A brief, but patient illness—
An hour to prepare,
And one below this morning
Is where the angels are—
It was a short procession,
The Bobolink was there—
An aged Bee addressed us—
And then we knelt in prayer—
We trust that she was willing—
We ask that we may be.
Let us go with thee!
- Fr 22 (1858)
* Included as part of J18 (Fr21)
This poem plus the three line doxology of Franklin's number 23 are often considered as one poem. A brief spate of searching did not turn up any answers as to why Franklin presents them as three separate poems. I'm going to have to get the three-volume Variorum edition where all is explained....
Anyway, I like examining this section on its own without having to work the gentian of Poem 21 in.
I read this as a brief, light-hearted elegy to summer. She had a brief illness--presumably early fall or late summer when the leaves first start to turn, but then a sudden frost put an end to it. The gardener has only a brief time to go protect the delicate plants.
It's unclear to me what 'one below this morning' refers to: temperature? below heaven? below the earth (i.e., in a grave)? At any rate, that's where the angels are hanging. And then we have the very pretty sight of a brief funeral procession. The chattery Bobolink was there, an aged Bee (no longer flitting around, but circumspect and sober as a judge) gave the sermon, and then everyone prayed.
Three 'S' words are listed as going where the supplicant wants to go: Summer, sister, and seraph. The summer may be all of those, particularly in a world where aged bees give sermons. In a later poem Dickinson mentions going wherever summer goes, and it does sound inviting to go there with it.
The poem is woven more tightly than its casual demeanor might suggest at first. There are several slant rhymes off the word 'prepare' in line two: are, there, prayer; there are numerous internal rhymes--exact and complete--that go off the 'Bee' of line 7: we / we/ she / we / we / be / thee. The effect is similar to the effect of the trebling of Summer as sister and seraph: there are key sounds that begin to resonate. And they don't intrude. The lines have so much content interest that all these rhymes almost go unnoticed.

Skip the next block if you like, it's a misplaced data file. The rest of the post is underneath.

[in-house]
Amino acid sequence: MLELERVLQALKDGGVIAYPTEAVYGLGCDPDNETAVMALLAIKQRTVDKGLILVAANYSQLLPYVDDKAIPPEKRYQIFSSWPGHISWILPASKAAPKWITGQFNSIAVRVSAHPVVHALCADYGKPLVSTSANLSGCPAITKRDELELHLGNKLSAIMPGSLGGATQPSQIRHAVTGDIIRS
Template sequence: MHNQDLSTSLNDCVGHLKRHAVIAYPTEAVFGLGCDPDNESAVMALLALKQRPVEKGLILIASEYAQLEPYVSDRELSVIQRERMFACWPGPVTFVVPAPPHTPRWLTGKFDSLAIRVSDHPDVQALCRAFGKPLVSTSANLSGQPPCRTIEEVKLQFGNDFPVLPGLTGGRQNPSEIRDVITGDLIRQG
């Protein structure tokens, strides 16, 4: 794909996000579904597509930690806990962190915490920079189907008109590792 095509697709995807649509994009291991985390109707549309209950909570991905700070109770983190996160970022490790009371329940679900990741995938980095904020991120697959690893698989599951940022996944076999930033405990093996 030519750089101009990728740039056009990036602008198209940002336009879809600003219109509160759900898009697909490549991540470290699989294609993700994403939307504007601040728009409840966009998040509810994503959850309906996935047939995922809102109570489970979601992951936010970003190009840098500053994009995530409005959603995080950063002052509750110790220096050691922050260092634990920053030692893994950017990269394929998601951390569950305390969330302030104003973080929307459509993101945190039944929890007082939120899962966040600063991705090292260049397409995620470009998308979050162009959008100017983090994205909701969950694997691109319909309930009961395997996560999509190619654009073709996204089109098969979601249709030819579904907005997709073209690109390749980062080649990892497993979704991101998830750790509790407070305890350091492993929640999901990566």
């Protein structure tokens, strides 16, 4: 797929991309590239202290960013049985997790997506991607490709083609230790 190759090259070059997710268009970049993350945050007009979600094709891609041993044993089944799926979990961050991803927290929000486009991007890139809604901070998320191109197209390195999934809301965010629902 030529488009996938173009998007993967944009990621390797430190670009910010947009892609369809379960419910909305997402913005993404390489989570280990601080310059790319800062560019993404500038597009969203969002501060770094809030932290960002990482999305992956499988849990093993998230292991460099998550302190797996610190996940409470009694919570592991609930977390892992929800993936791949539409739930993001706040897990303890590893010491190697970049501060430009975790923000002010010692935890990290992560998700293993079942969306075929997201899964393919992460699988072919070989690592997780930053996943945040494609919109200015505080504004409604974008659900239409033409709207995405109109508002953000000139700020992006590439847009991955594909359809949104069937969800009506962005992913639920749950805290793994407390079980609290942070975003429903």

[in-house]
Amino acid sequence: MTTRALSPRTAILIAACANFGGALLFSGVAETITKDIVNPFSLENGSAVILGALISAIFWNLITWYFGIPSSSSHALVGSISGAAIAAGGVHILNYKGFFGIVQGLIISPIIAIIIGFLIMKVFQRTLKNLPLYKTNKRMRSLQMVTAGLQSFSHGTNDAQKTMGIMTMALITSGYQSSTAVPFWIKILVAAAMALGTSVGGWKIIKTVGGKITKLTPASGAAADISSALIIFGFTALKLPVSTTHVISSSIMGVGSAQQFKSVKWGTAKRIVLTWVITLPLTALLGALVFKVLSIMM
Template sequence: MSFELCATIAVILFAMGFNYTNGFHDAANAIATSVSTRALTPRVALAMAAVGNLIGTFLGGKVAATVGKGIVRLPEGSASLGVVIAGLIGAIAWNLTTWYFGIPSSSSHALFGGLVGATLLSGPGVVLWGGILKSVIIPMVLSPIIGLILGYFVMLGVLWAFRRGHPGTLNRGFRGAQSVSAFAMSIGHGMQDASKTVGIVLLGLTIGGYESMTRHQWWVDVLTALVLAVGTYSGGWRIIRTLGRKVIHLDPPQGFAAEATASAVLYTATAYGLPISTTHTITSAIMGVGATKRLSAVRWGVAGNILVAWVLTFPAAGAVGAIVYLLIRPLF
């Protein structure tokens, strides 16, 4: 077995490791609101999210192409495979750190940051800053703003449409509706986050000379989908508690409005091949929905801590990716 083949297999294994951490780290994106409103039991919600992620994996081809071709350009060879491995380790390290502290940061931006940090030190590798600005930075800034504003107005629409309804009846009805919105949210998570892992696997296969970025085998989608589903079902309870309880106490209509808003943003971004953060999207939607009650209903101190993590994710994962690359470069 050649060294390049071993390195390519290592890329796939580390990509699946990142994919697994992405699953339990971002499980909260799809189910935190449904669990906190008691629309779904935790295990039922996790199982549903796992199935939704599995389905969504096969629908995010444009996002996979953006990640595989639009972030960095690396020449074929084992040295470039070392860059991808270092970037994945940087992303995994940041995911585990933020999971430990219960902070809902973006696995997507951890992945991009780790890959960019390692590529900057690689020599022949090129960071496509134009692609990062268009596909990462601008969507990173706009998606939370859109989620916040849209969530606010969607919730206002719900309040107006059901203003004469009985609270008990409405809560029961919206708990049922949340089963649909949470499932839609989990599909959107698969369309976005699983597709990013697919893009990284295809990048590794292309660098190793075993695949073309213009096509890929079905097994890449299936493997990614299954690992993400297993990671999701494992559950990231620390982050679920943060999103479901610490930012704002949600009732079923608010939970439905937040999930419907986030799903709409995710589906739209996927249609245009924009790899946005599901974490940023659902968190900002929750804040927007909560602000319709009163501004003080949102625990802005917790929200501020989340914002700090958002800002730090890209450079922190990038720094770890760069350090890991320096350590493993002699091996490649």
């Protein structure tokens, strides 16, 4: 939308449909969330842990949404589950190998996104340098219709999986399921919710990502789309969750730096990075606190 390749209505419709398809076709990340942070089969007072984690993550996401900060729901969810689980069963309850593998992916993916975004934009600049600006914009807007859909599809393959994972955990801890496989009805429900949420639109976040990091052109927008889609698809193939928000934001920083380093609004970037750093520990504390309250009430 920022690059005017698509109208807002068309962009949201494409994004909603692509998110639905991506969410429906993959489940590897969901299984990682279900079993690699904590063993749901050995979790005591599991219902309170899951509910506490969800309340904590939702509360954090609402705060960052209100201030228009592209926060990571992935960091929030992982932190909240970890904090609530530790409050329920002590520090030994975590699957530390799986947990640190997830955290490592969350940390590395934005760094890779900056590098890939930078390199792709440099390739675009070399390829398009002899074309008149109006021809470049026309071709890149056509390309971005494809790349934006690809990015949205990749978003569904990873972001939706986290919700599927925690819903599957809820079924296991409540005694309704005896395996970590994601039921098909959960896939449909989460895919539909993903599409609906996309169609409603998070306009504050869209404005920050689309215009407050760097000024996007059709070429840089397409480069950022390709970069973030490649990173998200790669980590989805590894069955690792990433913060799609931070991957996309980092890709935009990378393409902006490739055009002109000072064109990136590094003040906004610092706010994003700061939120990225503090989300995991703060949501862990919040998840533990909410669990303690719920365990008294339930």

NOTE: Please read comments below to find an error I made and how that makes me re-think the entire poem. Thank you to Teri-Sue Thompson
I read the phrase "And one below, this morning is where the angels are --" (supplying the given comma as shown in Franklin's Reading Edition) as one person (or entity) who/that was here on earth, below the heavens, is as of this morning now where the angels are ... in the heavens.ReplyDelete
Thank you! That was a very significant little omission on my part -- changes my reading entirely.Delete
Could this be about an illness that was brief but fatal for someone she knew?ReplyDelete
I think so. I think my original reading is faulty! Thanks for the commentDelete
See Prowling Bee comments 5 & 6, ‘The Gentian weaves her fringes’, Fr21.ReplyDelete